CLEVELAND — It could have been one of the biggest meltdowns ever. That it wasn’t made victory even sweeter.
The Cavaliers blew every single bit of a 23-point lead Tuesday night at Quicken Loans Arena, but never fell behind and stormed back to beat LeBron James and the Miami Heat 102-90 in front of a raucous sellout crowd.
“The atmosphere is always good here,” James said. “Even when I played here, the atmosphere was great. The fans are unbelievable. I’ve always said that. It was great for their team tonight.”
As James quickly congratulated Cleveland’s Daniel Gibson, Anthony Parker, Antawn Jamison, Baron Davis, J.J. Hickson and assistant coach Chris Jent after the final buzzer, 20,562 fans celebrated and roared their approval.
“I’m speechless,” Cavs owner and noted James basher Dan Gilbert said. “The fans have stood behind this team all year.”
The Cavs (15-58), who with the victory assured they won’t set a franchise record for fewest wins in a season, didn’t mind in the slightest that James, their former two-time league MVP who bolted for South Beach, put up a triple-double with 27 points, 10 rebounds and 12 assists.
Nor did they care that Dwyane Wade had 24 points or that Mike Bibby had 23 and made 7-of-11 3-point attempts.
All that mattered was atoning for their pitiful performance back on Dec. 2, when James made his first return to Cleveland and scored 24 of his 38 points in the third quarter as the Heat rolled to a 118-90 victory.
“The last time we played them here, we were embarrassed,” Parker said. “They took something from us. This was the night we wanted to get that back.”
On the verge of euphoria after going on an 18-0 run to take a 71-48 lead midway through the third period, the Cavs appeared headed for an even bigger embarrassment when the Heat (51-23) stormed back to tie the game at 83.
Right after the Cavs had gone up 23, Miami went on a 19-1 run in lightning-quick fashion. Christian Eyenga stopped it momentarily with a 3-pointer with 1.9 seconds left to go in the third quarter, with James then throwing in a 50-footer that clearly came after the buzzer.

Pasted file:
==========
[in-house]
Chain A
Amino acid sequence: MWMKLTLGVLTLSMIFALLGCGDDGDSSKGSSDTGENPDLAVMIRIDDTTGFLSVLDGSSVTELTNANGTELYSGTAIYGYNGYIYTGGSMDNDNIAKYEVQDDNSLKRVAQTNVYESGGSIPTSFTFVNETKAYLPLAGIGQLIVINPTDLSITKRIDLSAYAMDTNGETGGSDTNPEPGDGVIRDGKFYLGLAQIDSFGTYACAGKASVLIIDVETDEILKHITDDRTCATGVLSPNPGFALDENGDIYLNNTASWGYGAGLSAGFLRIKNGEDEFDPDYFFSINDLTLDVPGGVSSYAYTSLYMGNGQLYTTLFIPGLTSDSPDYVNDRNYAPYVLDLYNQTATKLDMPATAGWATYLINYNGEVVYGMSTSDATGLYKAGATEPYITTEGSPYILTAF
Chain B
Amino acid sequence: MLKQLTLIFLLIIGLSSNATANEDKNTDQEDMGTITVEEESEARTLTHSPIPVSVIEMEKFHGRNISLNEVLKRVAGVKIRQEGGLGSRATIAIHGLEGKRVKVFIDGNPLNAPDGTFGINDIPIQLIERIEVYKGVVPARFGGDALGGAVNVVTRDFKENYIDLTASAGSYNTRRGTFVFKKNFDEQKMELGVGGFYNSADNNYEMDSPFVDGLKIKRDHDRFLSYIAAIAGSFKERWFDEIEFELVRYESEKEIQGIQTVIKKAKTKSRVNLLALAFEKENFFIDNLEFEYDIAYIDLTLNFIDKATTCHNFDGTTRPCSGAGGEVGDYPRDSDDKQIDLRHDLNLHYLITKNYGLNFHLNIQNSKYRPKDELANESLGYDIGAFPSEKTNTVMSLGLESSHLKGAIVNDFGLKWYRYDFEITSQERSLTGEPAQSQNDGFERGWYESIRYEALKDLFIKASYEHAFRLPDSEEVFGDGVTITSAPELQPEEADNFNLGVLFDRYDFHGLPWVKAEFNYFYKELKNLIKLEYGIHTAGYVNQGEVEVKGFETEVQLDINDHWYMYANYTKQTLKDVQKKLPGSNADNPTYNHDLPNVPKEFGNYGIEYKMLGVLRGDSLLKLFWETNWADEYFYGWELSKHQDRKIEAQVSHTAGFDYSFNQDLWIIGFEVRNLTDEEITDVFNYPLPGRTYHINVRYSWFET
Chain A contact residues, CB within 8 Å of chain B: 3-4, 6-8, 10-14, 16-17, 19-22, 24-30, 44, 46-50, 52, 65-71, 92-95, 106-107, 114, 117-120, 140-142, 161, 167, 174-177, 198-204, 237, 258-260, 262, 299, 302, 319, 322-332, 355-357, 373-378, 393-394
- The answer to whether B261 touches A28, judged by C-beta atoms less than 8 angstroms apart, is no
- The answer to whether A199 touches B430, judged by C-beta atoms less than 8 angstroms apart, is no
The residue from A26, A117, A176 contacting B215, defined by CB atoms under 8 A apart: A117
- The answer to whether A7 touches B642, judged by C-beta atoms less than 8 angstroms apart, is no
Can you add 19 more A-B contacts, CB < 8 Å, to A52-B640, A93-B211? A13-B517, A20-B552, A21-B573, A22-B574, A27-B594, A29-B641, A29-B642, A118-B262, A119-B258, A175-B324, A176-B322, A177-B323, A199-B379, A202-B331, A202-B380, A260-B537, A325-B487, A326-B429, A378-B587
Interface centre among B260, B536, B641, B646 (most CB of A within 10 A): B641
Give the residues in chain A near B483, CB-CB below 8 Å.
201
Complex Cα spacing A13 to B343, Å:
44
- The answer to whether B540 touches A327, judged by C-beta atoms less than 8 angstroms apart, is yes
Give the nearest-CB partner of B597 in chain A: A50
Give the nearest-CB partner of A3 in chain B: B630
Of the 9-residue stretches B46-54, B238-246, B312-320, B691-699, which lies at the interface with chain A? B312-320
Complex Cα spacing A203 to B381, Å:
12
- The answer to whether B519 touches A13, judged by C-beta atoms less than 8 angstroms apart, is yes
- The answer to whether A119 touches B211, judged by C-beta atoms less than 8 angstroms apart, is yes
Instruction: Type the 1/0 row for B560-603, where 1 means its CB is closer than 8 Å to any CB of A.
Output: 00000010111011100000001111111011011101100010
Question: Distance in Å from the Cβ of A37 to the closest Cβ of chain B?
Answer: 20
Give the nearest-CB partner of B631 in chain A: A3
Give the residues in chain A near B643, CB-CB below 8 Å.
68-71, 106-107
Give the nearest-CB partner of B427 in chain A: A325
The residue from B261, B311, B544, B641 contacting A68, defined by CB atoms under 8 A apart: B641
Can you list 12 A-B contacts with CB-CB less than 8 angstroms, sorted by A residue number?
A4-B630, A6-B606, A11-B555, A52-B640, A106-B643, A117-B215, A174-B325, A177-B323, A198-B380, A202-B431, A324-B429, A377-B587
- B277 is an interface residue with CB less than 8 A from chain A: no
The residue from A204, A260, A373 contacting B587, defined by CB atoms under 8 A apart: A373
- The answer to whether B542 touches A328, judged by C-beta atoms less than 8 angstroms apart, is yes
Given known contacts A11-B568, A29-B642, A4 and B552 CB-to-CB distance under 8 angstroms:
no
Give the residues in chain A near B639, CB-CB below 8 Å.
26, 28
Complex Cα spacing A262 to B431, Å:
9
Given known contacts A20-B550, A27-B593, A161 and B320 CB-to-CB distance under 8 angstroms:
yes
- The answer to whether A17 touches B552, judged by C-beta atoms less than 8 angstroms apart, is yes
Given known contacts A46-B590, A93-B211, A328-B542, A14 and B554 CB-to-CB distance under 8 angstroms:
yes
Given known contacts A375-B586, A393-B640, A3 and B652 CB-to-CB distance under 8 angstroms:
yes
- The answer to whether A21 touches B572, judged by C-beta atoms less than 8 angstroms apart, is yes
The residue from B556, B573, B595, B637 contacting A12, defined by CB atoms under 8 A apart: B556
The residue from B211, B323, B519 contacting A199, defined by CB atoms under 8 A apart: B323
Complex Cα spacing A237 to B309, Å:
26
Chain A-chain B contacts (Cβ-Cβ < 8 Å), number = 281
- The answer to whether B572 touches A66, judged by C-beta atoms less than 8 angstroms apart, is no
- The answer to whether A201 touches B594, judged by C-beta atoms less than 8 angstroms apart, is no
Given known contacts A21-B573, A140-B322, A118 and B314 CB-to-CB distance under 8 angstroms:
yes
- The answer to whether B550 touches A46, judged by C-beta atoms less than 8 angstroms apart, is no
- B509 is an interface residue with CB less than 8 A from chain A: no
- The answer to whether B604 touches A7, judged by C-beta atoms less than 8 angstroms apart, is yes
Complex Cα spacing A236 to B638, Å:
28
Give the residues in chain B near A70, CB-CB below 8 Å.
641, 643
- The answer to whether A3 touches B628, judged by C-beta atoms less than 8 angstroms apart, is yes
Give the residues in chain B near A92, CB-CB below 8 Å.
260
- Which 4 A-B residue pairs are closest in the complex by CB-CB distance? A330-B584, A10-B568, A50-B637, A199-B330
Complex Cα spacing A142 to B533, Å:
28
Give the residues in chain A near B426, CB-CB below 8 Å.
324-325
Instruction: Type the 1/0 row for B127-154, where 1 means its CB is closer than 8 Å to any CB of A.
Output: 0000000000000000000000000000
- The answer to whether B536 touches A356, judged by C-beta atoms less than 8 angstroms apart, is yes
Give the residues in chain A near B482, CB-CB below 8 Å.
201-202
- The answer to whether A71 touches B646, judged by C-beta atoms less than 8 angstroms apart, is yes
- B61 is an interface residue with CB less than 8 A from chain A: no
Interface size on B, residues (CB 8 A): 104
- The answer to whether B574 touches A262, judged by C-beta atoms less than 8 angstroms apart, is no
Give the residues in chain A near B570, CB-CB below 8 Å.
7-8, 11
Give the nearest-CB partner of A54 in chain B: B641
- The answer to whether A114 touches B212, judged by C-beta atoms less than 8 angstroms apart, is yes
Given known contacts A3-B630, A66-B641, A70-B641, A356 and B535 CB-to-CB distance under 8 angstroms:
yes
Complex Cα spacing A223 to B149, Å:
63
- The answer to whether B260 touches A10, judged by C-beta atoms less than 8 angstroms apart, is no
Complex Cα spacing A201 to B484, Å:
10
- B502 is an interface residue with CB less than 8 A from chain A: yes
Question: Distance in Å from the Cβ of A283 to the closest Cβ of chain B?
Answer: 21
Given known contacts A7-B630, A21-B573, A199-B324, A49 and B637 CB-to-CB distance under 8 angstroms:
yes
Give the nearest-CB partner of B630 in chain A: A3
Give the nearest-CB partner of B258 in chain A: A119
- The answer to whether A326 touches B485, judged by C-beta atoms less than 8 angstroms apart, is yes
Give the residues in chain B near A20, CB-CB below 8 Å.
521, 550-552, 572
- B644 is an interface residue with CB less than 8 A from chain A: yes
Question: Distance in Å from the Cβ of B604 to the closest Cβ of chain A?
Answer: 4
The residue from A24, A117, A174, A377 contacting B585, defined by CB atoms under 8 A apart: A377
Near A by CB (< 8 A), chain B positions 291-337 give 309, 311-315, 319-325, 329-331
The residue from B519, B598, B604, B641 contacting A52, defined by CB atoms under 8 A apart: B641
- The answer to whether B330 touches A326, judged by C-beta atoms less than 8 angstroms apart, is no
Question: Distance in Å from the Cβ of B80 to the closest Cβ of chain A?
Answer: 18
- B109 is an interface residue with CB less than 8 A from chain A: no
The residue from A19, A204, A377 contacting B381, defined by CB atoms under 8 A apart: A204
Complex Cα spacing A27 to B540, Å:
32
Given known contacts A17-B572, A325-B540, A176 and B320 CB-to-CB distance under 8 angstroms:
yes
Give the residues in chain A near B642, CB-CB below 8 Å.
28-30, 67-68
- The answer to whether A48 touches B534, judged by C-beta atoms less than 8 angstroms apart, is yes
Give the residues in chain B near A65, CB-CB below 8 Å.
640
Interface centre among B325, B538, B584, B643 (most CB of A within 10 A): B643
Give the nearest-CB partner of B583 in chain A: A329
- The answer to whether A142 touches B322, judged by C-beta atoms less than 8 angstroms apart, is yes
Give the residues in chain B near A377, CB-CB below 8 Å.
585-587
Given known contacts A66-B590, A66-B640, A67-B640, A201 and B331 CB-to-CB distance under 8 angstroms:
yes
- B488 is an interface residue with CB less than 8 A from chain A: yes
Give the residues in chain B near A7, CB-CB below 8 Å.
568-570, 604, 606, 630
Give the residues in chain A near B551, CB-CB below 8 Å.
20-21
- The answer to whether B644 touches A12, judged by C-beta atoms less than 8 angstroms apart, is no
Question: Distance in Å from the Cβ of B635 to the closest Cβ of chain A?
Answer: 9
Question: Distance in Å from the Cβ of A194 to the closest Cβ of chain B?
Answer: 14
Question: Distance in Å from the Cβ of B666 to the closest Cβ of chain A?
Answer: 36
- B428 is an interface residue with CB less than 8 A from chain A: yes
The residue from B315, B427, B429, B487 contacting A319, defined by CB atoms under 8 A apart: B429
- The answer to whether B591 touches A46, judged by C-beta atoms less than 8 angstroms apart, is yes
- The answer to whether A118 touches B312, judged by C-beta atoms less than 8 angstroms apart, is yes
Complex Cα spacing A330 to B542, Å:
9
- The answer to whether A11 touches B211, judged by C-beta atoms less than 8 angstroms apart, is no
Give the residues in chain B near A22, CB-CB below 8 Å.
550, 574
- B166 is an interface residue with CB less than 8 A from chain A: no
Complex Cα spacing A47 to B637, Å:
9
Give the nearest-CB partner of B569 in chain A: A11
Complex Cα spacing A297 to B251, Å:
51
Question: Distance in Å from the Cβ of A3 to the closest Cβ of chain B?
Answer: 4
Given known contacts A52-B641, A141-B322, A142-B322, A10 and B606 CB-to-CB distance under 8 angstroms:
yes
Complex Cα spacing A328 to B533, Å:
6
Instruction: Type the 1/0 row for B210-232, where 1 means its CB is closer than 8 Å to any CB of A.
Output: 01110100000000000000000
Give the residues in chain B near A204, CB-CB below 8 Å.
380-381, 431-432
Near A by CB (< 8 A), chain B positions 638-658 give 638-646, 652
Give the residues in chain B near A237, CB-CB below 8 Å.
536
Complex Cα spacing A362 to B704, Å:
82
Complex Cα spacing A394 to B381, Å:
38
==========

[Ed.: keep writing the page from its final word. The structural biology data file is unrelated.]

After a long delay and reviews of not only the in-house feed but also both teams’ television broadcasts, the officials ruled the clock had started too soon and counted James’ bucket, cutting Cleveland’s lead to 75-70.
The NBA later announced the officials erred and James’ basket should not have counted. Instead, the Heat should have been given the ball again with slightly less than 1.9 seconds left.
Fortunately for the Cavs, that mistake didn’t cost them the game. Not that they weren’t doing a pretty good job of trying to lose it themselves for a while.
Stymied when Miami went to a zone defense, the Cavs allowed the Heat to tie the game on a Bibby three with 7:02 to go. Bibby missed a 3-pointer on the next possession that would have given Miami its first lead, and Cleveland somehow managed to regroup and go on a 12-0 run.
“It says a lot about a lot of guys in that locker room,” Cavs coach Byron Scott said. “We could have given the game away, but we didn’t.”
Added Parker: “We responded. We were resilient. It makes the win all that more satisfying.”
There were a lot of heroes for the Cavs, but none were bigger than the previously poor-shooting Parker, who made 4-of-4 3-pointers en route to 20 points and seven rebounds, and much-maligned center Ryan Hollins, who played way better than his 13 points, three boards and three blocks indicate.
The long-limbed Hollins, who has a way of getting under the skin of opposing players, nearly came to blows with Wade in the first quarter and tangled with Juwan Howard in the second. He then made two great blocks against Chris Bosh (10 points, 5-for-14 shooting) in the second half.
“They came after me a little bit,” Hollins said. “If their team is focused on me to that extent, that helps us out.”
It didn’t hurt that James, who didn’t walk onto the floor when his name was announced in pregame introductions, also disappeared for most of the second and third quarters.
After pouring in 13 points in the first period, James didn’t score again until the 1:06 mark of the third. He finished 10-for-21 from the field, but made just 1-of-5 3-pointers and was only 6-for-10 at the line.
With a number of fans wearing black caps that said “LeBron Hater” and separate fans yelling out “Quitter” and “You suck” during the national anthem, the fans once again were venomous toward the Akron native.
When James threw a behind-the-back bounce pass that resulted in a turnover early in the game, the crowd roared. When Eyenga blocked his shot, the fans roared even louder — even though Gibson had already been called for a foul. When James’ trademark headband fell off after he was called for a foul against Hollins, the noise reached a crescendo.
“Our fans have been great all year,” said Hickson, who finished with 21 points and 12 boards. “Not just this game, but every game. They come out every game and support us, and I have to thank them for that. They deserve a win just as much as we do. They are definitely our sixth man.”
The Cavs shot a season-high .556 from the field (35-for-63) and made 9-of-17 3-pointers. They also outrebounded Miami 44-30 and held the Heat to .423 shooting (33-for-78). The Heat’s 30 boards were an opponent season low.
**In a game that featured numerous spurts, the Cavs went on a 10-run to go up 50-34 in the second period before Miami came right back with an 8-0 run. Davis then hit a three at the buzzer to put Cleveland up 53-42 at intermission.
Contact Rick Noland at (330) 721-4061 or firstname.lastname@example.org.